From Mobile to Huntsville, Tuscaloosa to Columbus, Birmingham to Montgomery, Alabama has thousands of miles of roadways. The longest state highway at 367 miles is Interstate 22. The shortest is I-359, covering 2.30 miles. Another 3,800 miles of U.S. highways cross the state. On any given day, they’re used by the state’s 3.7 million licensed drivers, each of whom drive an average of 13,516 miles a year. Alabama’s drivers are involved in thousands of traffic accidents every day, including many that result in serious injury or death. Wherever you live and drive in the Heart of Dixie, carrying adequate car insurance is both a legal requirement and commonsense protection. This is your guide to Alabama’s basic vehicle insurance requirements and laws.
Alabama state law requires you to carry a minimum amount of car insurance. Failure to do so can result in severe penalties that may include monetary fines and jail time. Under Alabama’s tort system, you may also be liable for actual damages (expenses associated with property damage and medical costs), economic damages (lost wages and earning capacity) and emotional and physical pain and suffering.
The bare minimum car insurance requirement for Alabama drivers is:
$25,000 bodily injury per person per accident
$50,000 bodily injury for all persons per accident
$25,000 property damage liability
Alabama law requires that you also purchase Uninsured/Underinsured Motorists Bodily Injury Coverage in the minimum amount of $25,000 per person/$50,000 per accident, unless you tell your insurance provider in writing why you are opting out. Alabama does not require you to carry additional personal liability or Collision and Comprehensive. However, if you own property or other valuable assets, supplementing the minimum requirements can help you protect yourself from monetary loss.
Penalties for Failure to Carry Alabama Auto Insurance
Alabama law requires that you carry proof of Alabama auto insurance in your car and show it if a law enforcement officer asks to see it. The penalty for a first offense is a six-month suspension of your driver’s license and/or fines up to $1,000, plus a $200 license reinstatement fee. You must also provide proof of insurance to reinstate your license.
Altering, forging or counterfeiting proof of insurance is a Class C felony, subject to a fine of $500 to $5,000 and/or imprisonment of one to 10 years.
Alabama Car Insurance Premiums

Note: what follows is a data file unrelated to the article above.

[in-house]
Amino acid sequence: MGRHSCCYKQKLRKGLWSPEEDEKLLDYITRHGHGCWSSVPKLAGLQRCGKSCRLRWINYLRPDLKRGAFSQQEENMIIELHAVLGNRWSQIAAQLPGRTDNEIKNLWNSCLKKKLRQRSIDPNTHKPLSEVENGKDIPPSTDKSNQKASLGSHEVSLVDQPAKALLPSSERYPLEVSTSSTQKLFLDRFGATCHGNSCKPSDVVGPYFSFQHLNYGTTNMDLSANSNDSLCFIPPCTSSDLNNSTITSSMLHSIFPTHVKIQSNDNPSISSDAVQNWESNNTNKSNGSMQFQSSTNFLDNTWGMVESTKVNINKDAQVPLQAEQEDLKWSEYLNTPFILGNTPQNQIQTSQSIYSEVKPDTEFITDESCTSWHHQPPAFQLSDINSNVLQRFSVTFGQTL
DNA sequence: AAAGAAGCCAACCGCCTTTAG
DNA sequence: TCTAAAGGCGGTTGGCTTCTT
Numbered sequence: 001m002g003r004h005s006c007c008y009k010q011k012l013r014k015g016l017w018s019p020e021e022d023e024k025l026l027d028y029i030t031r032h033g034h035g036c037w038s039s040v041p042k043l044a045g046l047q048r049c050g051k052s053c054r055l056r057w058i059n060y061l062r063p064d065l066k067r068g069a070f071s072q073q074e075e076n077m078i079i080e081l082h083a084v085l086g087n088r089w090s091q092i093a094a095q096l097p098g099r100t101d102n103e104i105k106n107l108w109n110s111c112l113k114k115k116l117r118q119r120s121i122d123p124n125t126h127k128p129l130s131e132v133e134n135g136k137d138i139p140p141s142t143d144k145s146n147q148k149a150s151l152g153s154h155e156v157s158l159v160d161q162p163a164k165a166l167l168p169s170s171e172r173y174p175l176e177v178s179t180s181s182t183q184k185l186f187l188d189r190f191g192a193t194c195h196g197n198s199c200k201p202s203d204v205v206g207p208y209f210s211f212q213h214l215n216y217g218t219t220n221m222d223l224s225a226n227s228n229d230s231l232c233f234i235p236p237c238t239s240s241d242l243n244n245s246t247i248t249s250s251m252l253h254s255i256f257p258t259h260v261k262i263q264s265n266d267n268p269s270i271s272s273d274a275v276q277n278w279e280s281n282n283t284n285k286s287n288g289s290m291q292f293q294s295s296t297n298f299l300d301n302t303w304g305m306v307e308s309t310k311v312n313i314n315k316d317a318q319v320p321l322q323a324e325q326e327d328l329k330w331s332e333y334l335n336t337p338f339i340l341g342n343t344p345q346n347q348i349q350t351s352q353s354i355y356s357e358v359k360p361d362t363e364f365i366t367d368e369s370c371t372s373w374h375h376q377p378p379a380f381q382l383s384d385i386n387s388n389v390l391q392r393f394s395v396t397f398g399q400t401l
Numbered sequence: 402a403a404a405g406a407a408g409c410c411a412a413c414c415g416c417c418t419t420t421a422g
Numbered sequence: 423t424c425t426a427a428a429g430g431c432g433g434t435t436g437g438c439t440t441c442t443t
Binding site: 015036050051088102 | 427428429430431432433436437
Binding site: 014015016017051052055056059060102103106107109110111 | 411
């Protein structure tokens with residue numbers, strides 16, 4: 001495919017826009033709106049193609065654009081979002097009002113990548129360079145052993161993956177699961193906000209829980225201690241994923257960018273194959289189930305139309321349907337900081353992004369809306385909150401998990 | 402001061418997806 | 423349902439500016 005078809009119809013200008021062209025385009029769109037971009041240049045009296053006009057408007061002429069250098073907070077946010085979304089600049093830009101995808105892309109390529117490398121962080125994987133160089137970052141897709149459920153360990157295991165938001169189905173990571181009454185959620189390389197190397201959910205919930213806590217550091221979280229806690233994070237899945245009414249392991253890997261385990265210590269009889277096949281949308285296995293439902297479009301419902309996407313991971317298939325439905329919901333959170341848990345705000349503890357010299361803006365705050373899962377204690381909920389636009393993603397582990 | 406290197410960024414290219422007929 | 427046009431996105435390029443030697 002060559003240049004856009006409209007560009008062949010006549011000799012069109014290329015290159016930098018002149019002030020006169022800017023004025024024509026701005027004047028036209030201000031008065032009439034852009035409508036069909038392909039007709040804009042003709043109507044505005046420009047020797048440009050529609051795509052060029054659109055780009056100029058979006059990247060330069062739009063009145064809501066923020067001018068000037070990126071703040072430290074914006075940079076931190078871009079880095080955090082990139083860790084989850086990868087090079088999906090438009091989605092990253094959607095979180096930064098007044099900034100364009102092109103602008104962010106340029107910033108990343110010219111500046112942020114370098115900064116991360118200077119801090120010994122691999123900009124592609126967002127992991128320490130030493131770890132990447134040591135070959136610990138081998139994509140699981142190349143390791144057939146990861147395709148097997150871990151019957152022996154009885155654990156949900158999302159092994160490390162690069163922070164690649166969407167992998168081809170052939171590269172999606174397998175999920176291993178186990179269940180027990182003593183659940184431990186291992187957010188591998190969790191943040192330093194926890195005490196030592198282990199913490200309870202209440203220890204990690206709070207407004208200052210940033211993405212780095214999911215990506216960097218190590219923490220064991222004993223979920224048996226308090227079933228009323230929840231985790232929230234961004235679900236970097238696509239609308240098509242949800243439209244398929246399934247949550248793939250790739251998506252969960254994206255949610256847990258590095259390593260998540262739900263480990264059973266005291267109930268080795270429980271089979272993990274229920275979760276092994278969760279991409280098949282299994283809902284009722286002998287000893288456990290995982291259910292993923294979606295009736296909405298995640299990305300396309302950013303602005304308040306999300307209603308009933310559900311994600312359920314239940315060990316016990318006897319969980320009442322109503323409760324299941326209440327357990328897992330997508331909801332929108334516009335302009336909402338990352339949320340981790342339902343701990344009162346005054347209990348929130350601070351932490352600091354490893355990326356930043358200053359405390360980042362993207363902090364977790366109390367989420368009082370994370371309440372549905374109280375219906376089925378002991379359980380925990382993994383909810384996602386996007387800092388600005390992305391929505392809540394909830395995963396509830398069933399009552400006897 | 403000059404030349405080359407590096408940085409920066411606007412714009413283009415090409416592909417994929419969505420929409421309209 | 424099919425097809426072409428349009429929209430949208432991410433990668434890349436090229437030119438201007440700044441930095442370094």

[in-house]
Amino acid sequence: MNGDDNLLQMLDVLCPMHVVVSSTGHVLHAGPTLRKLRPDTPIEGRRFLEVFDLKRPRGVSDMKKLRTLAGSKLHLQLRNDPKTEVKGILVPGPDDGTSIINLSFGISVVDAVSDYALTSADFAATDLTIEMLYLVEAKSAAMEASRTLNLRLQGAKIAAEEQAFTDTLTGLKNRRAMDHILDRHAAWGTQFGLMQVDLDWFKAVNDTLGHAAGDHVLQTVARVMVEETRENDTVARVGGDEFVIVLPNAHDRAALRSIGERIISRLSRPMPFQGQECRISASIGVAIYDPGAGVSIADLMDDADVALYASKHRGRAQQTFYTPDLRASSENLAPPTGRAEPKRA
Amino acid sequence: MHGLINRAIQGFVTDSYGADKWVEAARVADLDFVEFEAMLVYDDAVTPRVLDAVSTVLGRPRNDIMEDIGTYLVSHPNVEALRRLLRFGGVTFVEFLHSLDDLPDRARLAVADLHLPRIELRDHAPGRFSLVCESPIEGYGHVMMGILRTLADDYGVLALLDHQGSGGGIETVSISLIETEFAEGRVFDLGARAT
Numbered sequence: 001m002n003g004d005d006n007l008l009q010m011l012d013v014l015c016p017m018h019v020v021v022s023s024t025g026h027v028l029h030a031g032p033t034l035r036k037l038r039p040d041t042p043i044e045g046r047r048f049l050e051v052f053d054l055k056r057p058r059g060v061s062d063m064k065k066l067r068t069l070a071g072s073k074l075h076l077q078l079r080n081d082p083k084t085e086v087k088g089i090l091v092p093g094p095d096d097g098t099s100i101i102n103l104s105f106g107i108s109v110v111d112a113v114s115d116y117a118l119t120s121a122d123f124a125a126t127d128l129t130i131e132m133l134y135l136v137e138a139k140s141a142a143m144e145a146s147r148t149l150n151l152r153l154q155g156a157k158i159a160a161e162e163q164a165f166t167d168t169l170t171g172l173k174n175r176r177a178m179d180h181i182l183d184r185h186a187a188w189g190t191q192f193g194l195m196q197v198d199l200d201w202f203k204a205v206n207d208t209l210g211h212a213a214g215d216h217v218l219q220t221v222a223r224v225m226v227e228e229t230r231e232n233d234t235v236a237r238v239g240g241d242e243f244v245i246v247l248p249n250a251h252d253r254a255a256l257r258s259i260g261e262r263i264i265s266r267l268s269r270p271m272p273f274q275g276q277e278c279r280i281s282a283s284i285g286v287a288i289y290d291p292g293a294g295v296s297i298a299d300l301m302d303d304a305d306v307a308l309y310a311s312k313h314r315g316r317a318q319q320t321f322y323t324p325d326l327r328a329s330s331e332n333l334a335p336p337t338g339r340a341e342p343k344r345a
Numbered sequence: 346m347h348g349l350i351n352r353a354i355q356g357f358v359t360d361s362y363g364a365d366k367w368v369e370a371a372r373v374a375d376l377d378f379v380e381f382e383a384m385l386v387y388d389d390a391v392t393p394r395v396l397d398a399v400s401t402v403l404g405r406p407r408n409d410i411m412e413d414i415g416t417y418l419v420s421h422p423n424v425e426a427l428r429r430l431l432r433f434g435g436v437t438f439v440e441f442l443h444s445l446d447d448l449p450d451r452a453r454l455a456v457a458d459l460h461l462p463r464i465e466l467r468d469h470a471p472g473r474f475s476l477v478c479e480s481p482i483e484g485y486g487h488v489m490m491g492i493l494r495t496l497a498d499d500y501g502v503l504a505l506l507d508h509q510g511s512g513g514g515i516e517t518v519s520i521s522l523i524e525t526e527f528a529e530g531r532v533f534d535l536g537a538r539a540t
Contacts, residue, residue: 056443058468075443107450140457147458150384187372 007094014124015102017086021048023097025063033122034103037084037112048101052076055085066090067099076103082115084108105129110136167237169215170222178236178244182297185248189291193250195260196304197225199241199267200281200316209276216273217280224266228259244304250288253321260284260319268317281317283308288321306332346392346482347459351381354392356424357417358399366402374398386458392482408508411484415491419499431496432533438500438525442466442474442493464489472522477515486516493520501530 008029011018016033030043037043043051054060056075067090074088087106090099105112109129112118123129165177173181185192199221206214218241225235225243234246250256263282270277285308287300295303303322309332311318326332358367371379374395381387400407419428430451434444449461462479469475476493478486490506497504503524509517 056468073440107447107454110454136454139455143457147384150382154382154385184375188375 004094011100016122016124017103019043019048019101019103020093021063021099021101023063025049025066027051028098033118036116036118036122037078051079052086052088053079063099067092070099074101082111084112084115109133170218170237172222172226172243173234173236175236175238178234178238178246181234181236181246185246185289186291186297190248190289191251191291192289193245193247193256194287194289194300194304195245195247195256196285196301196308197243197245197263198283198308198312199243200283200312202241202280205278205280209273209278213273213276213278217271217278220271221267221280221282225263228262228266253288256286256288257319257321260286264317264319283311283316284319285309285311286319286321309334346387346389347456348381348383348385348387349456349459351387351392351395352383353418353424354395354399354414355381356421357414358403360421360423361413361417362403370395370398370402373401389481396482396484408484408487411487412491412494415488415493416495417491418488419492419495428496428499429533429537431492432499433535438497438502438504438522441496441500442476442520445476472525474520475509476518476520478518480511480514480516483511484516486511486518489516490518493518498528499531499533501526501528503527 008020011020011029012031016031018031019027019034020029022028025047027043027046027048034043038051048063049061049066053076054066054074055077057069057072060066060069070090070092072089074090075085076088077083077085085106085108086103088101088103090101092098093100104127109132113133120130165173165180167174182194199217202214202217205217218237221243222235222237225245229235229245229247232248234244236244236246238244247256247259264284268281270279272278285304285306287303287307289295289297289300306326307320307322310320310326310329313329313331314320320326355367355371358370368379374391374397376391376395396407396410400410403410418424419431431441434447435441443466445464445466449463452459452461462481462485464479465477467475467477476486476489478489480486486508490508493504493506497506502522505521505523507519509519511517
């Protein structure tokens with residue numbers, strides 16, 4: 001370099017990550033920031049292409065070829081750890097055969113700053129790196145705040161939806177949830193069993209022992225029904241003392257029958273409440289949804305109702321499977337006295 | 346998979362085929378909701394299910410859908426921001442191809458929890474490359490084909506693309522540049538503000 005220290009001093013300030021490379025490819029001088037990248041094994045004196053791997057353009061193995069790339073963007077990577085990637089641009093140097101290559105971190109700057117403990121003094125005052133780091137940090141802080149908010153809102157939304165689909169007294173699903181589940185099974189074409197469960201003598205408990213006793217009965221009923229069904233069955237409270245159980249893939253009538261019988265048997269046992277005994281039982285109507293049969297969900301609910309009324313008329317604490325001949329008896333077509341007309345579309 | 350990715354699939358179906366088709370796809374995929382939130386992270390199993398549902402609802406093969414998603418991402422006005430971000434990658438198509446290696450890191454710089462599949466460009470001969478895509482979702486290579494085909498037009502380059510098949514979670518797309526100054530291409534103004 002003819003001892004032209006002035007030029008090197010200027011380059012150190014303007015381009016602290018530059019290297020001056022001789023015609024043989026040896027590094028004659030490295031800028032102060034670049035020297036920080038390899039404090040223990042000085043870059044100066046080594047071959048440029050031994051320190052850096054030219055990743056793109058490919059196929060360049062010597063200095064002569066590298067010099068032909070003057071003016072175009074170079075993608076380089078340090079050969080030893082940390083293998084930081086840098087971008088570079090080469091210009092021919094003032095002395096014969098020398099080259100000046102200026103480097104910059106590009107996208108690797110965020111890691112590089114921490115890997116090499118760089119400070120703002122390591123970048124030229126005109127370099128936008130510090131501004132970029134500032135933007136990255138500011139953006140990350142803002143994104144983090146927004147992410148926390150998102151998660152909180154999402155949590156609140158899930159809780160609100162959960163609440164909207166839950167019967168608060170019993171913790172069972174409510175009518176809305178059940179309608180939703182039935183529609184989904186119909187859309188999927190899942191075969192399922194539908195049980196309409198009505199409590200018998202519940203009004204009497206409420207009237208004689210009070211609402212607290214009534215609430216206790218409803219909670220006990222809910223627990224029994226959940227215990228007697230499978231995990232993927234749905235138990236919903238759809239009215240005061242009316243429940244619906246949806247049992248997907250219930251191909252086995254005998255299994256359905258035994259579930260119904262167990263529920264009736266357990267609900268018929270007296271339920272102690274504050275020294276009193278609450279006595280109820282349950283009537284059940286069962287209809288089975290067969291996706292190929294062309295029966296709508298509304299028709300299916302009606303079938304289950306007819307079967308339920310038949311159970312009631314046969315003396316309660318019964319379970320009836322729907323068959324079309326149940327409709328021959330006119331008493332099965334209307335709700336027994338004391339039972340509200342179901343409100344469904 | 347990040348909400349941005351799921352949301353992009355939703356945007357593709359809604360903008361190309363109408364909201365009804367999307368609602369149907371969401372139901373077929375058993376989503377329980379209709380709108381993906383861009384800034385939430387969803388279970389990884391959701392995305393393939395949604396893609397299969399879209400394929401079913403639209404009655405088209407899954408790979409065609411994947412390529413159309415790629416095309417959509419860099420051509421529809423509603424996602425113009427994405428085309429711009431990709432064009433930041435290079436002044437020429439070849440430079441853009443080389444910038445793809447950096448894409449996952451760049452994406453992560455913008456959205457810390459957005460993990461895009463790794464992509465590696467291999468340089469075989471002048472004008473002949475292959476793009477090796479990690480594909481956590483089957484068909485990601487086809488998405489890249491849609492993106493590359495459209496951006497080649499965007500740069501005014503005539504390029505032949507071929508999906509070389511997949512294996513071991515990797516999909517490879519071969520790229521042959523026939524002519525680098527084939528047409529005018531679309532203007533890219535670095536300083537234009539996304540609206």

Vehicle insurance premiums are regulated by the Alabama Department of Insurance. Insurance companies are allowed to charge premiums and award discounts based on a number of factors that can include:
The type of car you are insuring
Prior auto insurance coverage
How much you drive
Your driving record
Your marital status
Your geographic location
How long you’ve been driving
Whether or not you use your car for business
Alabama also allows insurers to consider your credit history to determine your premium.
How to Get the Cheapest Alabama Car Insurance Policy
You may be able to lower the cost of your premiums in the following ways:
Ask about available discounts for good driving habits, anti-theft devices, multiple cars on one policy, bundling your car insurance with your homeowners or renters policy, automatic or online payments and driving a hybrid or electric car
Compare quotes from a variety of providers on this website
Eliminate unnecessary coverage
Check to see if you qualify for any low-cost auto insurance program your state may offer
New Alabama Driving Laws
Laws regarding driving and car insurance can change frequently. It is your responsibility to stay current about the legal requirements in Alabama. The following laws have recently been enacted in [state] and may affect your insurance coverage decisions.
You are responsible for obeying all Alabama traffic laws. If you are arrested for violating Alabama driving law and convicted, you may, in addition to the punishment handed down by the court, lose your driver’s license through cancellation, revocation, suspension, or disqualification.
Your Alabama driver’s license can be canceled for a variety of reasons including failure to give required or correct information on your application or committing any fraud in making an application.
Your driver’s license can be revoked if you are convicted of certain offenses of Alabama traffic law. After the revocation period expires, you may apply for a new license.
Your driver’s license must be revoked if you are convicted of manslaughter or homicide resulting from the operation of a motor vehicle, a second or subsequent conviction for driving under the influence of alcohol, using a motor vehicle in the commission of a felony, failure to stop, render aid or identify yourself in the event of a motor vehicle accident resulting in death or personal injury of another person, three reckless driving convictions within 12 months, and unauthorized use of a motor vehicle belonging to someone else.
Alabama has enacted a ban on all cell phone use (handheld and hands-free) for novice drivers; there is a ban on texting for all drivers.
License-plate issuing officials and law enforcement officers will attempt to verify liability insurance using the state online insurance verification system, which will immediately verify the insurance status of a vehicle at any point